Running under the cherry blossom trees in D.C. is something to experience, as is running through Central Park. Signing up for a race in a new city or on new terrain could work wonders for getting you out of a rut. Foregoing your typical city streets may be just what you need to feel refreshed and excited about your routine. While we can't change up our runs every time, just giving yourself the occasional change may help.

4. Tired of your distance

Maybe long-distance is your thing. Maybe you've run a handful or even dozens of half-marathons or full marathons. Have you considered training for a 5K or 10K? If you're running simply for pleasure, and not necessarily with a time goal in mind, you may notice that trying for a certain time in a shorter race comes with a new type of training. The speedwork and time on the track may be just the change of pace you need.

Also, if you typically only run shorter races, you may have the same problem. When you're putting up too many high-intensity workouts, you may be tired or achy. So, consider slowing all the way down. Even if you're not changing your distance, a change of intensity can make the difference.

5. Not having the right training plan

You may not be getting faster, or you may just be going out and running 20–30 miles a week with no aim. Maybe you're following the training plan of your friends. However, not everyone can (or should) put up the same number of miles per week. Instead, work with a coach who can help tailor a training plan to your body and needs.

Bonus points if they can keep you guessing week after week. A quality running coach might not even share your workouts with you until a few days before, and that element of surprise can keep you from overthinking and talking yourself out of your tasks.

6. Running without (or with) music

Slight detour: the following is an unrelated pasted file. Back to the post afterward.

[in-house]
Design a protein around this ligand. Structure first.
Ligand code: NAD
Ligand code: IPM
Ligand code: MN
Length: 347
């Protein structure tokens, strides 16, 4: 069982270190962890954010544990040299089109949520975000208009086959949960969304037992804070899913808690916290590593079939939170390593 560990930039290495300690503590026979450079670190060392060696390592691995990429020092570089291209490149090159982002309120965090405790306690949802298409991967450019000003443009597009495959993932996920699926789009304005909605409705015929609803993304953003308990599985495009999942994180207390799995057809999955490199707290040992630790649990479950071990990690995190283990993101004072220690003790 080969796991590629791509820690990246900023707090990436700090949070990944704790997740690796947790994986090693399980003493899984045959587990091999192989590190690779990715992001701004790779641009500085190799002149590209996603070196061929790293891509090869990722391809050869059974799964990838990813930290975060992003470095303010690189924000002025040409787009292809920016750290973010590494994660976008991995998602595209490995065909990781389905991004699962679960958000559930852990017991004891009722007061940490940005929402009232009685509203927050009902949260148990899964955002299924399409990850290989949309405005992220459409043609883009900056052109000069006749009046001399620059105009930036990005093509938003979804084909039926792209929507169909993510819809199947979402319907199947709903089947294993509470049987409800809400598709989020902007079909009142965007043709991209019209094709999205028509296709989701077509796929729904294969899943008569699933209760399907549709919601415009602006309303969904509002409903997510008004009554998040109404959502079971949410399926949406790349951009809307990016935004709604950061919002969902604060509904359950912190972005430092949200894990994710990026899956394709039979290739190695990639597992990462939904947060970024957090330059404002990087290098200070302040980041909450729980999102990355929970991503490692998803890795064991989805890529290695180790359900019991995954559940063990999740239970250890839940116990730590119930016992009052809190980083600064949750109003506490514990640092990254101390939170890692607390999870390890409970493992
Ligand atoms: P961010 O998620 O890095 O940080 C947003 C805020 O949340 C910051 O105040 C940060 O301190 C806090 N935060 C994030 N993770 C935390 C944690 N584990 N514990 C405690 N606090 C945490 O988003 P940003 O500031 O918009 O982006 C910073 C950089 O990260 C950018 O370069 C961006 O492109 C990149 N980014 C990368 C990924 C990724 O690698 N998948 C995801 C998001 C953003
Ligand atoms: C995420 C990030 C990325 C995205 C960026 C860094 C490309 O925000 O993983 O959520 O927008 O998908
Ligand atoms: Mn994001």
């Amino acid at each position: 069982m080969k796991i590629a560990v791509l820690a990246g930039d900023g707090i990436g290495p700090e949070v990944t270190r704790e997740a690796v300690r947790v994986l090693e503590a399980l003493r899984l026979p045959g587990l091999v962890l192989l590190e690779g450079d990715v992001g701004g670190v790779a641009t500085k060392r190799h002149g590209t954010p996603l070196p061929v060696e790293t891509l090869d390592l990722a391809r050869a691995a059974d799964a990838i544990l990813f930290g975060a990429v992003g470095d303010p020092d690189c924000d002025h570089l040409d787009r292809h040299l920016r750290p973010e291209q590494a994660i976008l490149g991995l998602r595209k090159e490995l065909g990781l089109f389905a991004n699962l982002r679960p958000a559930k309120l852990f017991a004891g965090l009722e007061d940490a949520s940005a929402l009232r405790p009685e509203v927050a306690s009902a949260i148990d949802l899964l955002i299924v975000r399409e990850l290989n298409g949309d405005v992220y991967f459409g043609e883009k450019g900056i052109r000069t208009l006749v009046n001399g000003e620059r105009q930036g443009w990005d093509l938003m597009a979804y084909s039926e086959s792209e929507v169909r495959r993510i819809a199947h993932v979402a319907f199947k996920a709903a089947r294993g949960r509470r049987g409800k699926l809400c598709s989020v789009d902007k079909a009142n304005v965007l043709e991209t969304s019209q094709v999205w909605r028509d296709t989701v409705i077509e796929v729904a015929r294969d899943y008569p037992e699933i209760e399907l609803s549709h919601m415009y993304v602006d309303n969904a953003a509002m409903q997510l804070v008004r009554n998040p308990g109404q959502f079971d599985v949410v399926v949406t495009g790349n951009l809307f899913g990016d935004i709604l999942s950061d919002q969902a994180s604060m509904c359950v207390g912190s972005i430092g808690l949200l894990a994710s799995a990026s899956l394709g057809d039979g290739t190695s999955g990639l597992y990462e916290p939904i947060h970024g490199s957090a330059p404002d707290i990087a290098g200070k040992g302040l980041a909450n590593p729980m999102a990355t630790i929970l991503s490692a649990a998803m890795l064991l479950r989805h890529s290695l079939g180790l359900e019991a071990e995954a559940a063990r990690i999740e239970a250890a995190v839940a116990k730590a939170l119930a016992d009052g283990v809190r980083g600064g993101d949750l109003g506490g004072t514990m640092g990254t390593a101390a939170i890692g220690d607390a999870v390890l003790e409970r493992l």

So many people say they prefer to run without music, but don't feel like that has to be your thing. If you prefer tunes but your playlist is getting stale, consider a podcast or audiobook. The thought of running with no music might spook you, but it could also set you free and allow you to take in your surroundings.

7. Forgetting your why

It may sound cliché, but if you started running for sobriety, weight loss, to help you through a difficult time, or many other reasons, take a look at how far you've come with the sport and with your own challenges.

Running has carried you pretty far, and not just mileage-wise. Along the way, it may have been your place to sort through problems or resolve conflicts in your head. It may have given you more confidence. Think about where you started and where you are now. Do you really want to stop?

Instead of allowing running challenges to stop you, make an action plan that addresses the mental and/or physical barriers preventing you from enjoying your runs.

Our writer's advice is intended for informational or general educational purposes only. We always encourage you to speak with your physician or healthcare provider before making any adjustments to your running, nutrition, or fitness routines.

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Written By
Tonya Russell
Tonya Russell with her hands on her hips

I’m a journalist, fit chick, and avid traveler, and I often combine the three. If I’m not training for a marathon, I’m probably hiking with my dogs or riding a horse (English style). I hail from Southern NJ, which means I’m an Eagles fan, not a Giants fan.